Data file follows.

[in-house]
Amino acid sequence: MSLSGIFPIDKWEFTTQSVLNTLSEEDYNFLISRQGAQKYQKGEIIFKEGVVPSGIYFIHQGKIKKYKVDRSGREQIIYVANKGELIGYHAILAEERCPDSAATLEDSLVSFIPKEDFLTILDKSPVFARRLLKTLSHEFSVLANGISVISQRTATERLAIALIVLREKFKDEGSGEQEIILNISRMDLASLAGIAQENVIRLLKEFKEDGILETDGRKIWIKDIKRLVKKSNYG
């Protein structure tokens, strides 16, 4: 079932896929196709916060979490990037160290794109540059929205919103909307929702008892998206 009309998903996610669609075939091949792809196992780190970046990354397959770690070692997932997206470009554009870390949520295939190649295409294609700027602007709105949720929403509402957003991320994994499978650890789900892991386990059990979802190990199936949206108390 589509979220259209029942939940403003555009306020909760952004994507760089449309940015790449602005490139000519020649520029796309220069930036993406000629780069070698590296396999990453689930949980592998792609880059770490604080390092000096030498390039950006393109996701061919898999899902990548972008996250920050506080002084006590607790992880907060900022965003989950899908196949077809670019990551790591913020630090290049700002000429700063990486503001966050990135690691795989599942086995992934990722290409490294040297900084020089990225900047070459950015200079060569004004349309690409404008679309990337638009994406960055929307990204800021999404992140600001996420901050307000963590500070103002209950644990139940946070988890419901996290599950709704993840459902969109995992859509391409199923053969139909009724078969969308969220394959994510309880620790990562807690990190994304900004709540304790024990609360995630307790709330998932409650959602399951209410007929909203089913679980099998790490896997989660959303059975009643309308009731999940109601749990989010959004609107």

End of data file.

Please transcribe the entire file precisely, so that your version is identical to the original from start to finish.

[in-house]
Amino acid sequence: MSLSGIFPIDKWEFTTQSVLNTLSEEDYNFLISRQGAQKYQKGEIIFKEGVVPSGIYFIHQGKIKKYKVDRSGREQIIYVANKGELIGYHAILAEERCPDSAATLEDSLVSFIPKEDFLTILDKSPVFARRLLKTLSHEFSVLANGISVISQRTATERLAIALIVLREKFKDEGSGEQEIILNISRMDLASLAGIAQENVIRLLKEFKEDGILETDGRKIWIKDIKRLVKKSNYG
């Protein structure tokens, strides 16, 4: 079932896929196709916060979490990037160290794109540059929205919103909307929702008892998206 009309998903996610669609075939091949792809196992780190970046990354397959770690070692997932997206470009554009870390949520295939190649295409294609700027602007709105949720929403509402957003991320994994499978650890789900892991386990059990979802190990199936949206108390 589509979220259209029942939940403003555009306020909760952004994507760089449309940015790449602005490139000519020649520029796309220069930036993406000629780069070698590296396999990453689930949980592998792609880059770490604080390092000096030498390039950006393109996701061919898999899902990548972008996250920050506080002084006590607790992880907060900022965003989950899908196949077809670019990551790591913020630090290049700002000429700063990486503001966050990135690691795989599942086995992934990722290409490294040297900084020089990225900047070459950015200079060569004004349309690409404008679309990337638009994406960055929307990204800021999404992140600001996420901050307000963590500070103002209950644990139940946070988890419901996290599950709704993840459902969109995992859509391409199923053969139909009724078969969308969220394959994510309880620790990562807690990190994304900004709540304790024990609360995630307790709330998932409650959602399951209410007929909203089913679980099998790490896997989660959303059975009643309308009731999940109601749990989010959004609107």